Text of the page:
A Pennsylvania lawmaker's proposal to gut the Race Horse Development Fund supported by revenue from slot machines generated a strong response from the Pennsylvania Equine Coalition, which represents owners, breeders, and trainers of racehorses in the state.
Republican Rep. Todd Stevens introduced legislation that would shift $250 million a year—almost the entire amount racing and breeding gets from slot machine revenue—to fund education in Pennsylvania. In statements, the lawmaker from southeastern Pennsylvania said horse racing is for the wealthy and elite, and that education should be the priority.
The Thoroughbred and Standardbred racing and breeding industry in recent years repeatedly fought cuts to the RHDF, sometimes without success. Much smaller percentages have been shifted to support other programs for a period of time.
The equine coalition noted the RHDF for fiscal year 2014 received $264 million, down $16 million from fiscal year 2012.
"We have witnessed a steady decline in Pennsylvania slot revenue over the past 18 months, and the continued regional expansion of non-racetrack casinos, from which the RHDF receives no percentage of slots revenue, will further dilute gaming revenue," the coalition said in a Jan. 31 statement. "While it is too early to predict the total allocation to the RHDF for 2014, we project it will remain stagnant or continue to fall below the $260 million mark.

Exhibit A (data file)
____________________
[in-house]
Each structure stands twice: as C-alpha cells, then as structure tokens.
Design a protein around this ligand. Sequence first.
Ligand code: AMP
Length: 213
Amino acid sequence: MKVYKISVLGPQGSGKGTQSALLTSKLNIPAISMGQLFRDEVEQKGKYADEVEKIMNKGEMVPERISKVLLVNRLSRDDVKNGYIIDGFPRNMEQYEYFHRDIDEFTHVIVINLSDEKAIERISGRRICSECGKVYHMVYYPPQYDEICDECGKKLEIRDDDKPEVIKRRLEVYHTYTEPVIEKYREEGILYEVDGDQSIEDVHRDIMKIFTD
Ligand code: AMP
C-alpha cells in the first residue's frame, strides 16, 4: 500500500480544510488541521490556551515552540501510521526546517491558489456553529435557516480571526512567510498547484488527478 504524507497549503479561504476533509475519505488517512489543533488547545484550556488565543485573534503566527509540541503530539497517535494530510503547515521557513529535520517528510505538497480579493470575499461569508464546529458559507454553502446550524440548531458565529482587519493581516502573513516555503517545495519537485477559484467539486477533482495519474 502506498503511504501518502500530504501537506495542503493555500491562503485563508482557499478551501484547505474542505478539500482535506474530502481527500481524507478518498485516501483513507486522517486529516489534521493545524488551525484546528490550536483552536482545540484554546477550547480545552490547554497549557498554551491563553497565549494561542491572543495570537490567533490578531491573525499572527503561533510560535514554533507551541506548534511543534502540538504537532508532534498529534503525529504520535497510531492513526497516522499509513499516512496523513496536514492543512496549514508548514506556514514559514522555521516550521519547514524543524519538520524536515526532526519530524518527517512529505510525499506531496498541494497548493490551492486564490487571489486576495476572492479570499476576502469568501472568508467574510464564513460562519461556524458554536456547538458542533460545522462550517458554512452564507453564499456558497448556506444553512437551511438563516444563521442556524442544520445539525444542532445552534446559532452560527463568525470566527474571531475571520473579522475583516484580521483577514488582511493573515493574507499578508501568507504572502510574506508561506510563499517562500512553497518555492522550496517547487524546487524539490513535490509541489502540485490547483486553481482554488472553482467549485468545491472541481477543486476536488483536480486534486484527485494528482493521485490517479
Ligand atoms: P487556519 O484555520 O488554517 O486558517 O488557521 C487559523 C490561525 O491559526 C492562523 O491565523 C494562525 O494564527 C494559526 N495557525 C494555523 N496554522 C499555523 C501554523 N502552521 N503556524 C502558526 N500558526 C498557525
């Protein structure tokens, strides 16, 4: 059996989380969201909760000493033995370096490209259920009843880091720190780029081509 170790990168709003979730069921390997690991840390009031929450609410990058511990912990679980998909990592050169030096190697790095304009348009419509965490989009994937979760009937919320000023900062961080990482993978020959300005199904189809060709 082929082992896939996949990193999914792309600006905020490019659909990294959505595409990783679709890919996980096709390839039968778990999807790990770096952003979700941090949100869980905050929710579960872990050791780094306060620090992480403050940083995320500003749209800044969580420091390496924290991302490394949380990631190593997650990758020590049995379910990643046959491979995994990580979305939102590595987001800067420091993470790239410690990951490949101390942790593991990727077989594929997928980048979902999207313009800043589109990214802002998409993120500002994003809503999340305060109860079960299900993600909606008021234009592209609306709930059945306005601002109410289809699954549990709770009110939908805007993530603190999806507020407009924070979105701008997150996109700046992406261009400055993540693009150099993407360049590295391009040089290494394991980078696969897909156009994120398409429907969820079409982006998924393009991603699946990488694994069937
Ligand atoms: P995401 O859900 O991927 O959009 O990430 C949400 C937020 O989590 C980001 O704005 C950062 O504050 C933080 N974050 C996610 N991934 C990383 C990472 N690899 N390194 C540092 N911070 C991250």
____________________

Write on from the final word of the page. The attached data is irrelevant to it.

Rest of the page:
"Transferring $250 million from the RHDF will effectively eliminate the fund and all affiliated programs it supports throughout the commonwealth."
The coalition also said a portion of the state's cut of 42% of gaming revenue each year already goes toward education through property tax subsidies.
"Many of our newly elected legislators may not understand the nature and origins of (the 2004 gaming law) as it related to casino gambling in the state of Pennsylvania," the coalition said. "The 12% cap on slots revenue used to fund the RHDF was developed as a 'statutory assessment' on casino operators that would otherwise have been seen as additional profit in their pockets."
The companies that own the six racetrack casinos in Pennsylvania aren't members of the Pennsylvania Equine Coalition.